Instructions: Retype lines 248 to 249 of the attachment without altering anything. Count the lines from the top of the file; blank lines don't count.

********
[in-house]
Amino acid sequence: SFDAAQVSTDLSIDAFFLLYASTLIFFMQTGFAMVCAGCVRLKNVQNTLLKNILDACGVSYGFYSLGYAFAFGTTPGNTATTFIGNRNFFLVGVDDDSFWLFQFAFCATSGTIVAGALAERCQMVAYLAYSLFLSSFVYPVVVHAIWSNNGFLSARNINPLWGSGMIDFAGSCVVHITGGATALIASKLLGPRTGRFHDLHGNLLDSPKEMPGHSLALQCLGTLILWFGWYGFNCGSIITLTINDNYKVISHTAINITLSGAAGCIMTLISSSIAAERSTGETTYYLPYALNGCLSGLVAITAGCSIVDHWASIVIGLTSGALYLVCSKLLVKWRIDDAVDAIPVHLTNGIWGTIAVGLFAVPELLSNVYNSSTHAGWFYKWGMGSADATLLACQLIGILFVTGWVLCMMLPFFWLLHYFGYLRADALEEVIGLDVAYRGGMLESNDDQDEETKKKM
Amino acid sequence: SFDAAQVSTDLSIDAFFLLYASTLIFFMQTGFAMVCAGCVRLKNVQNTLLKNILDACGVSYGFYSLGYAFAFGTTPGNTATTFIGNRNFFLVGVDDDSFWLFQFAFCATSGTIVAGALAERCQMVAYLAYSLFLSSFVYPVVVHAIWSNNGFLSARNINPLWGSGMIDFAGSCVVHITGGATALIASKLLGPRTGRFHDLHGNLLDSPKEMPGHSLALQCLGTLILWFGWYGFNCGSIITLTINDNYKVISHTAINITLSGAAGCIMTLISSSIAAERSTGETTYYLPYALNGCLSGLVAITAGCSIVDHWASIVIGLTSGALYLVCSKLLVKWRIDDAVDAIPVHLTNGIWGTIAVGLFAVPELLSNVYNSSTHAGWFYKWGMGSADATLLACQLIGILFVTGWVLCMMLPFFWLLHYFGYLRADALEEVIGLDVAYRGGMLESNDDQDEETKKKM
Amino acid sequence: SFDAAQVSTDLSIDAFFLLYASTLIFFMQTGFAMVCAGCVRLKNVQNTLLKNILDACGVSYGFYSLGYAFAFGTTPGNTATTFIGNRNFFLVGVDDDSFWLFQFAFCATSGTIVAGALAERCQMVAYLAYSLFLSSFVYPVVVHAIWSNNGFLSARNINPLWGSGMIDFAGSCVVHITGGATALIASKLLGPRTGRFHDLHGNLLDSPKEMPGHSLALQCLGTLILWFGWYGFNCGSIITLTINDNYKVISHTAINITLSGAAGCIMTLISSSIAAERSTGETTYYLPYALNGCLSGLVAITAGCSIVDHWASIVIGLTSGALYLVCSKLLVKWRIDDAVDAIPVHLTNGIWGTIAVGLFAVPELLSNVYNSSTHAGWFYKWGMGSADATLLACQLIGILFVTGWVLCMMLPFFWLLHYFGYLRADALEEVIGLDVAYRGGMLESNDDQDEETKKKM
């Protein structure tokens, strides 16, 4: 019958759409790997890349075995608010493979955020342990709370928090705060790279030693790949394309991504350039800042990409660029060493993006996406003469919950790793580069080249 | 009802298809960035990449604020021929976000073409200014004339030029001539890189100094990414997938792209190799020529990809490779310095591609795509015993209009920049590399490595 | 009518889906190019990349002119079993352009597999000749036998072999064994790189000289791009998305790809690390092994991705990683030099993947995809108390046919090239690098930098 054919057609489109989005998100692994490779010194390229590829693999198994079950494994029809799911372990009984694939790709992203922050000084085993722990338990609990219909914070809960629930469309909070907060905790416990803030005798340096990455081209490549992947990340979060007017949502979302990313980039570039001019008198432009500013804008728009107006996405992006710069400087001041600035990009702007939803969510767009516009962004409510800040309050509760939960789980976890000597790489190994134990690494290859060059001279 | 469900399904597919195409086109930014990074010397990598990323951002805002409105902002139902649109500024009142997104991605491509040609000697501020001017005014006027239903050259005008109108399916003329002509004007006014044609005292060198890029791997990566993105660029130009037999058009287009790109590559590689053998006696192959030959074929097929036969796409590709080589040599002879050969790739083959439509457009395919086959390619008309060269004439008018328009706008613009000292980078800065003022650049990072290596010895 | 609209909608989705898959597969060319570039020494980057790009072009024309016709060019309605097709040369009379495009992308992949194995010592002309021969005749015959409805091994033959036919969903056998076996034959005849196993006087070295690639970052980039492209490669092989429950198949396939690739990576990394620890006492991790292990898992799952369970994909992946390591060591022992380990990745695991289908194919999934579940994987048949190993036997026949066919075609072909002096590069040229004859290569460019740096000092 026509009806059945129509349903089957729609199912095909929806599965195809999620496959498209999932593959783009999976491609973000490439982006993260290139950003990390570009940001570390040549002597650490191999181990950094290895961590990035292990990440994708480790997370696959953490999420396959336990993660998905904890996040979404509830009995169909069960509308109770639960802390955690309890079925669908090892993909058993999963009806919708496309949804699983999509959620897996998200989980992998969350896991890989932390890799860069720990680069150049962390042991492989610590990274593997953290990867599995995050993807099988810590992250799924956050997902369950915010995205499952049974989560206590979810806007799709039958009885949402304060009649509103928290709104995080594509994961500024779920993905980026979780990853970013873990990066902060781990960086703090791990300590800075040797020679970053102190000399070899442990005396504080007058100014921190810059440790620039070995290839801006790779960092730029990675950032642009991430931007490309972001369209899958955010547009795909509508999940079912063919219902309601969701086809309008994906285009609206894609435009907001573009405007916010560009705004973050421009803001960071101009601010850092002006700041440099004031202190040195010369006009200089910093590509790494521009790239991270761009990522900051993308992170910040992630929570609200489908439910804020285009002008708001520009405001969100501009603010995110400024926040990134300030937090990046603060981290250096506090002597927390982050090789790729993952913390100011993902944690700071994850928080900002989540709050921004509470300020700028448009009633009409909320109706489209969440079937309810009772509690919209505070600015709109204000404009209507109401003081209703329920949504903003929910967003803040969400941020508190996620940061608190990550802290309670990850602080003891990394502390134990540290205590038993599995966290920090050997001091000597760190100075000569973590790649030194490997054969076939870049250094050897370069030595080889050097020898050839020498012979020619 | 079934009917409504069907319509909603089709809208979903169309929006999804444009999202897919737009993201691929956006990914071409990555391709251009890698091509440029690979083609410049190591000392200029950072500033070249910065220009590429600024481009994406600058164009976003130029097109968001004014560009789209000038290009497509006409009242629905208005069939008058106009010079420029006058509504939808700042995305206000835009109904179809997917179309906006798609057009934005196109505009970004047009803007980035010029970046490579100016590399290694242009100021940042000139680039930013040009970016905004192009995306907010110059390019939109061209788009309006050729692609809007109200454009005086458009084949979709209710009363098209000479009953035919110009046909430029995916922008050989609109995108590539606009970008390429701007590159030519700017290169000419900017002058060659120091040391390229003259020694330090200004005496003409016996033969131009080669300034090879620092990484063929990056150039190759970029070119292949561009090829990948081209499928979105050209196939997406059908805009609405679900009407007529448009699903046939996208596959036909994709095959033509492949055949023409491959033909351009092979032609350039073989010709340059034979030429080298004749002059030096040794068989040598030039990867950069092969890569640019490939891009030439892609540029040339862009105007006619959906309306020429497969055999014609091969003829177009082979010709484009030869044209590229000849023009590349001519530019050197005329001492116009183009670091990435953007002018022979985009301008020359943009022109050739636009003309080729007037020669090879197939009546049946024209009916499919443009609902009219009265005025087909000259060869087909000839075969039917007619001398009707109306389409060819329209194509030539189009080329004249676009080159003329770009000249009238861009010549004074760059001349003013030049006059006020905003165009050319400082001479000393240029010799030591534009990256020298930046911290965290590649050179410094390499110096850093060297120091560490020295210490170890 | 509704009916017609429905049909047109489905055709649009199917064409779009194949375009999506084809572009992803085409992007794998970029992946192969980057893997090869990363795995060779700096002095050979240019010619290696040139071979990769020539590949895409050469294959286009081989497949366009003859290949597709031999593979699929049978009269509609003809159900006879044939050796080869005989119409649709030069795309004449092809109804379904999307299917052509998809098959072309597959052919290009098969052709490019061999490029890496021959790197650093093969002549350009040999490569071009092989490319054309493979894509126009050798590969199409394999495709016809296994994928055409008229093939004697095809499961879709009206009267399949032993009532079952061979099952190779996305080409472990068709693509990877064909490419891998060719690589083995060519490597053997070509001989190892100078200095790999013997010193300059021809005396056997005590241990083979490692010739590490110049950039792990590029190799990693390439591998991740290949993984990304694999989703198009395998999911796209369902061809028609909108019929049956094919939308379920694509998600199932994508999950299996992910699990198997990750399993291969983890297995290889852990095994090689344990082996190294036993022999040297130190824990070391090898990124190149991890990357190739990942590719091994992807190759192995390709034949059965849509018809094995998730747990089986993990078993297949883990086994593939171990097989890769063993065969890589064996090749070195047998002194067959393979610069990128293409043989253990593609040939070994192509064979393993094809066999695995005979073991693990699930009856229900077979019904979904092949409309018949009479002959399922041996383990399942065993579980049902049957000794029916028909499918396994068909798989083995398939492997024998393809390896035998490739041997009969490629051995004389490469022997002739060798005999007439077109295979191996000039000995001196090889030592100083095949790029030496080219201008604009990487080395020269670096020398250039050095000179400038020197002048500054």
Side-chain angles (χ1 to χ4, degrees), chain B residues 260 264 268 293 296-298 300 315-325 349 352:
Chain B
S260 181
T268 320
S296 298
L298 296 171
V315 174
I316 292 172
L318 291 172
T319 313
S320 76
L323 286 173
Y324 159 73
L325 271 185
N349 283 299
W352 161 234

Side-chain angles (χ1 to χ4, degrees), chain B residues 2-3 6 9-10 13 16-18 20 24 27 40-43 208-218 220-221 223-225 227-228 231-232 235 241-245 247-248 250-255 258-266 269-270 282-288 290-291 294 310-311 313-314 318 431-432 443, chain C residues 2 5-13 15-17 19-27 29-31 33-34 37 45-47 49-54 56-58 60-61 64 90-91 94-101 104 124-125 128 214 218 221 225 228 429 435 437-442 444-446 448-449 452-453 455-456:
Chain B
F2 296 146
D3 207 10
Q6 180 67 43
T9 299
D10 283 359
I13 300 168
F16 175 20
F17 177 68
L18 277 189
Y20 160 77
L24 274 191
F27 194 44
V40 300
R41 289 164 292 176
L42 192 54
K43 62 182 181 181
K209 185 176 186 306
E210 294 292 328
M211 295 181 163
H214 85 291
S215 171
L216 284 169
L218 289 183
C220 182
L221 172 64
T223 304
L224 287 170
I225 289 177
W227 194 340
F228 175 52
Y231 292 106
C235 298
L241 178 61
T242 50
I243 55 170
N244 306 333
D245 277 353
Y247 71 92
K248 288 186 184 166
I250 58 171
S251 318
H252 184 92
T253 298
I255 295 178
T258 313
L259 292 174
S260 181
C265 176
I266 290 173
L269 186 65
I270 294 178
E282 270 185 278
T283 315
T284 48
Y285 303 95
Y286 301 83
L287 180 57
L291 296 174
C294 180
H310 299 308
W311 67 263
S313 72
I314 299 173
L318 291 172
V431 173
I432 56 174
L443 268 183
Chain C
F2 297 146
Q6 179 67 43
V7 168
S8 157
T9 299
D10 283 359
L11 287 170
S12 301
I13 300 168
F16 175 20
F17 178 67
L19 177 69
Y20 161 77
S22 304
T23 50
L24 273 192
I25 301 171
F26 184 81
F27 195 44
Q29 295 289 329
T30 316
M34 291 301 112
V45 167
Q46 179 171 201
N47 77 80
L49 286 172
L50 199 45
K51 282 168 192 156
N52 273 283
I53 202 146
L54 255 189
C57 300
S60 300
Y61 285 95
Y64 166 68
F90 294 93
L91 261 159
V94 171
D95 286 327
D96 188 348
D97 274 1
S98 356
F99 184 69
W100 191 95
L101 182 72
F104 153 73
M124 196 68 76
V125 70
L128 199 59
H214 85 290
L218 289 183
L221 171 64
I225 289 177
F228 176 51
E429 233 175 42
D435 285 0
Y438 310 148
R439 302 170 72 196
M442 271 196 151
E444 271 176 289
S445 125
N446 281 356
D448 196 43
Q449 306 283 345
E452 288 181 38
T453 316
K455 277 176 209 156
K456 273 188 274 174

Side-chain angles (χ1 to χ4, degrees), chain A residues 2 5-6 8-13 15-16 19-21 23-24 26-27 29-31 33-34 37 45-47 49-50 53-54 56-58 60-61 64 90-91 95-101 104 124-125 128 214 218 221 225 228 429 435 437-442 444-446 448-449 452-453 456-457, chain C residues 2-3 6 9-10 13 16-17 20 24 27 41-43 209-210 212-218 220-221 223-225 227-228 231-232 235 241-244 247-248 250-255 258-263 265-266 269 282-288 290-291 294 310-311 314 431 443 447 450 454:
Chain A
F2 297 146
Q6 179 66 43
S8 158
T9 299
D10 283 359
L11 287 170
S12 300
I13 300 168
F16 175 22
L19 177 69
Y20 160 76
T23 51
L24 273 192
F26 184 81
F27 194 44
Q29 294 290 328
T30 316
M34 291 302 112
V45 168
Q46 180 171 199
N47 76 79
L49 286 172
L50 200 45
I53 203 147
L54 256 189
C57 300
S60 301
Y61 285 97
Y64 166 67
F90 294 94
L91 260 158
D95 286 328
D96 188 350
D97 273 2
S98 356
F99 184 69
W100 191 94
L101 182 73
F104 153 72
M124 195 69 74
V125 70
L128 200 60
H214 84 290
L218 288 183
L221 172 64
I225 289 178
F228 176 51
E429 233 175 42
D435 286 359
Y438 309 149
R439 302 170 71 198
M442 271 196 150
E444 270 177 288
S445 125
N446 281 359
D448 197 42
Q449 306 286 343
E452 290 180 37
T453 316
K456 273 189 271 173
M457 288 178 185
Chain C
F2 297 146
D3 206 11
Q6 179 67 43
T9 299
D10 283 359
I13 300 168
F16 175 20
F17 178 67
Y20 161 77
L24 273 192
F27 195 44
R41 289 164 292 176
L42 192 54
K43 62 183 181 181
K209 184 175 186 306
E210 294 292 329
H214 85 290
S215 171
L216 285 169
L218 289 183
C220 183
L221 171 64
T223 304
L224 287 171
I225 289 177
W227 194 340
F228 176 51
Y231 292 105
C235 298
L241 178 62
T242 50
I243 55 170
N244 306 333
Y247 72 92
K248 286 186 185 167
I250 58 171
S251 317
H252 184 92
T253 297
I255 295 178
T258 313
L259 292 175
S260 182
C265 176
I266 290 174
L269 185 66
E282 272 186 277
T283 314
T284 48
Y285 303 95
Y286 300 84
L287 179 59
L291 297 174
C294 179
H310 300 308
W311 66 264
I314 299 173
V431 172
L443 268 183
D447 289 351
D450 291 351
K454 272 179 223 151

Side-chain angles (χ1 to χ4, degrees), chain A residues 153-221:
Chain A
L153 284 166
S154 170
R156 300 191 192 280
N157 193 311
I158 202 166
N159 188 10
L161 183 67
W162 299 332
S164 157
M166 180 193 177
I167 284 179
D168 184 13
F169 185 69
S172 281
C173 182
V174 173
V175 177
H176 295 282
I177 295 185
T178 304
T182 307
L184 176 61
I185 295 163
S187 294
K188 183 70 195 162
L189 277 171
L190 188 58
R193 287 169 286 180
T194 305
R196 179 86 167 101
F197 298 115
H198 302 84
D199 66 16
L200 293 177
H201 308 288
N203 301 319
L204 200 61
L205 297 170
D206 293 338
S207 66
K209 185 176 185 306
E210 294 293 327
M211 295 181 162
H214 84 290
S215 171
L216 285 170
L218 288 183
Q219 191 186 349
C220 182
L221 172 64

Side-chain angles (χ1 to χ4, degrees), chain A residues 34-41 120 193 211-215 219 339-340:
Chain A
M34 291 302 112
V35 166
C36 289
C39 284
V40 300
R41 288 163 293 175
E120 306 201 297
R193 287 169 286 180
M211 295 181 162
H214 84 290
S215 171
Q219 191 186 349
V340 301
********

I225 289 177
W227 194 340